Monday, January 16, 2012

Ice, Ice, Baby

I seriously suffered from DOMS (delayed onset muscle soreness) while training for my first marathon. Remember the old Tums commercial where they sing, Tums, Tums, Tums, Tums, TUMS!?  My husband and I like to sing DOMS, DOMS, DOMS, DOMS, DOMS! We're athletically nerdy that way.  I smartened up while training for my second marathon.  Anytime I ran longer than 12 miles, I took an ice bath.  I was pleased to discover that it kept the soreness at bay.  Over the last couple years, I've refined my technique so that this experience is as pleasant as possible. By golly, I actually enjoy them now.

You'll need:
  • 24 pounds of ice
  • a down jacket
  • a warm fuzzy hat
  • a mug filled with your favorite piping hot beverage
  • reading material to distract you 
  • a bathtub
  • a timer
  1. Fill your tub with enough tepid water to fully cover your legs, butt and hips.
  2. Pull on your hat and jacket. Set your hot drink, reading material and timer on the tub ledge. Have your bags of ice next to the tub.
  3. Sit in the tub, relax and let the water cool down. Adding the ice will be less of a shock if your body slowly adjusts to the temperature change.
  4. Pull a bag of ice in the tub with you, undo the twist tie and gently empty the first bag at your feet. Repeat with second bag but this time empty it onto your legs. Finally add the last bag to your glute region. You can also have a loved one dump the ice on top of you. I like to do it myself. I enjoy pouring the ice on my husband. He has the greatest facial expressions and says kooky things like "My boys! My boys!" In a voice a few octives higher than his normal voice.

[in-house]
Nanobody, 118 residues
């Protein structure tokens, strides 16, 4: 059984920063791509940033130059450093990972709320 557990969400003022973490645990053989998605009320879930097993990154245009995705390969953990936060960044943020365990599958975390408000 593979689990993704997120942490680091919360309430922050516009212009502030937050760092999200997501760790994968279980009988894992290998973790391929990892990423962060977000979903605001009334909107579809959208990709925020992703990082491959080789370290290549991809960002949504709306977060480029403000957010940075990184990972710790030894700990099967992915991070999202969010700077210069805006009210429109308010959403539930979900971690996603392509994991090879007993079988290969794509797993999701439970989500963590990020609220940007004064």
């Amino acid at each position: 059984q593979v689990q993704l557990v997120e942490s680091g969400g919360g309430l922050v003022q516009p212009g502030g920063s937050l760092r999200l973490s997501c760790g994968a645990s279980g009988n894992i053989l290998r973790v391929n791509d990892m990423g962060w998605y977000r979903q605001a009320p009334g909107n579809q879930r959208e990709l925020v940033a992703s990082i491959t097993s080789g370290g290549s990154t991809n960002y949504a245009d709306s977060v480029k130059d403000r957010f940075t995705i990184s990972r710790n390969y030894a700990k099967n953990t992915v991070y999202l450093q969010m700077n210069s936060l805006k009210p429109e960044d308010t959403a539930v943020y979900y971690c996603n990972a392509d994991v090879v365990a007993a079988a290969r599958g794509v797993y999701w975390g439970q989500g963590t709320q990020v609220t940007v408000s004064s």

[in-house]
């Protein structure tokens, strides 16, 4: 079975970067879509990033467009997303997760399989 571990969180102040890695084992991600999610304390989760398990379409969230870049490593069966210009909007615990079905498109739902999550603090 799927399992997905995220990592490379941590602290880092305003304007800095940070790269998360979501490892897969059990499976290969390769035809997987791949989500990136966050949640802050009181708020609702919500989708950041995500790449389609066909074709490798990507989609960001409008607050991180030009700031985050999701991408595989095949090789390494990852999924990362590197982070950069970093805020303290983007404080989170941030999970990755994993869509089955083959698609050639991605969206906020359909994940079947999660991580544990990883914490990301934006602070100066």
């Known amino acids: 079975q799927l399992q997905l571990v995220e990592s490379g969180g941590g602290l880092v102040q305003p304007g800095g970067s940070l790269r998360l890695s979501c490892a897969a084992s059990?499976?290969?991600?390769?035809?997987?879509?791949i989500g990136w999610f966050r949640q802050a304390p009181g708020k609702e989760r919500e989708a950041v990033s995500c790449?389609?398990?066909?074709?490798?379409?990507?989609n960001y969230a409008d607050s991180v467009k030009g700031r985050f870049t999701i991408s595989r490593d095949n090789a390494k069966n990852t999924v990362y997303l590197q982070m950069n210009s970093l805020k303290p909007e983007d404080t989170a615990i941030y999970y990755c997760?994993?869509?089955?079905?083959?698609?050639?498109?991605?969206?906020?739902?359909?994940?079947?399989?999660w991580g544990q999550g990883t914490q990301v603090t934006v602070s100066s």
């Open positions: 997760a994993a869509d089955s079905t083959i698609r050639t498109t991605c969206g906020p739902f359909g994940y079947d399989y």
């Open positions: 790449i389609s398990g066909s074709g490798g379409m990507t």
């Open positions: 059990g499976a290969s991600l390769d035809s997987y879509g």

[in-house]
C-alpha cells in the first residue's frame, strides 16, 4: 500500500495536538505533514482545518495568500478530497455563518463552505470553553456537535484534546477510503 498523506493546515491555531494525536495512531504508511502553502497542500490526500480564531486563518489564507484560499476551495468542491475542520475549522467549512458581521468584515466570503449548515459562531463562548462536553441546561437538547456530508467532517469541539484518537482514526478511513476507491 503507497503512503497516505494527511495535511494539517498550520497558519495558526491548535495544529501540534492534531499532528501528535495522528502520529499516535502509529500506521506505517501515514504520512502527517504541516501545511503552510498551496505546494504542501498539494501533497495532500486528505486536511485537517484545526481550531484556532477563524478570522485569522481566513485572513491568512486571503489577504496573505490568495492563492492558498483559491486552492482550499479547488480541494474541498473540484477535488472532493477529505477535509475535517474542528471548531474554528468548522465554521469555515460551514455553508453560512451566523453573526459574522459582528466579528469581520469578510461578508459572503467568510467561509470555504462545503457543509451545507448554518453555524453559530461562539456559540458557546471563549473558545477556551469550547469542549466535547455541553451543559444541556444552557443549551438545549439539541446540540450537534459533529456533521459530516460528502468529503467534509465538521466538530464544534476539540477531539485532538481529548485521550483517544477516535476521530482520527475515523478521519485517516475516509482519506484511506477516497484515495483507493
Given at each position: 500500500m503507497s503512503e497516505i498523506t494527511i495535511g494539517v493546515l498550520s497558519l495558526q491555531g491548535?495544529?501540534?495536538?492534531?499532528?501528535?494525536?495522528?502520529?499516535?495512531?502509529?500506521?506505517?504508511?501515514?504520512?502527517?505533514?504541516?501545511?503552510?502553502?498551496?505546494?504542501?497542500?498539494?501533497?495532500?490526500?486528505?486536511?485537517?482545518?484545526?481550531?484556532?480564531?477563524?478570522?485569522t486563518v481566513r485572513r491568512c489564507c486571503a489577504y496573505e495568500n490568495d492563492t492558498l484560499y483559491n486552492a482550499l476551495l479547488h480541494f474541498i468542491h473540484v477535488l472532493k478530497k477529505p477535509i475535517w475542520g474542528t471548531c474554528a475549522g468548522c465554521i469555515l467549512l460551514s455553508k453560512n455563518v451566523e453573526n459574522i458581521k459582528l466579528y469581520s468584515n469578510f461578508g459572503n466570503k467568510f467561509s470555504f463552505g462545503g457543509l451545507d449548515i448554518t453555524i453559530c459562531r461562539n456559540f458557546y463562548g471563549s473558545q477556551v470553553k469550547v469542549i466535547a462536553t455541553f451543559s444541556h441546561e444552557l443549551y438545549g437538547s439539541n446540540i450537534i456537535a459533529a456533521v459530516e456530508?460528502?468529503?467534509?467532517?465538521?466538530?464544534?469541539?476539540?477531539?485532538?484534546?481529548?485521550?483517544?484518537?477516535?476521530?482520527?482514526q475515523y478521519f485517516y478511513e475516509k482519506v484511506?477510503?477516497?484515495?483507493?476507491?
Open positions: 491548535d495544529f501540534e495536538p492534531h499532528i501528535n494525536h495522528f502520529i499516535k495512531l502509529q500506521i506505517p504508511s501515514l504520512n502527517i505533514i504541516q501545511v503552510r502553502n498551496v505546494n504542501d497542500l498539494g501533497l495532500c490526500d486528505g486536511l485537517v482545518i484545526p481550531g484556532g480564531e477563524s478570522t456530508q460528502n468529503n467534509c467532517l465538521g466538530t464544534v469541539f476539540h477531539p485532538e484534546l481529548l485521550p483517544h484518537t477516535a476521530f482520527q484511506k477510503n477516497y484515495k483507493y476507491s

5. Set the timer for 15-20 minutes. Trust me, you don't want to be in there any longer than necessary. They say that time range is perfect. Any less, it's not effective. Any more, is overkill.
  6. Sit back, sip your hot drink and read your book or magazine until the timer goes off.
The stuff

My upper body

Lower body
 How are ice baths healing?

According to an article in Runner's World:
Cryotherapy ("cold therapy") constricts blood vessels and decreases metabolic activity, which reduces swelling and tissue breakdown. Once the skin is no longer in contact with the cold source, the underlying tissues warm up, causing a return of faster blood flow, which helps return the byproducts of cellular breakdown to the lymph system for efficient recycling by the body. "Ice baths don't only suppress inflammation, but help to flush harmful metabolic debris out of your muscles," says David Terry, M.D., an ultrarunner who has finished both the Western States 100-Mile Endurance Run and the Wasatch Front 100-Mile Endurance Run 10 consecutive times.

If you haven't yet tried one, I encourage you to give it a go! 15 minutes of slight discomfort will prevent days of muscle soreness and may prevent injury. Cold rivers and lakes are excellent substitutes for ice baths when you're out on the trails.  Enjoy your ice, ice baby!

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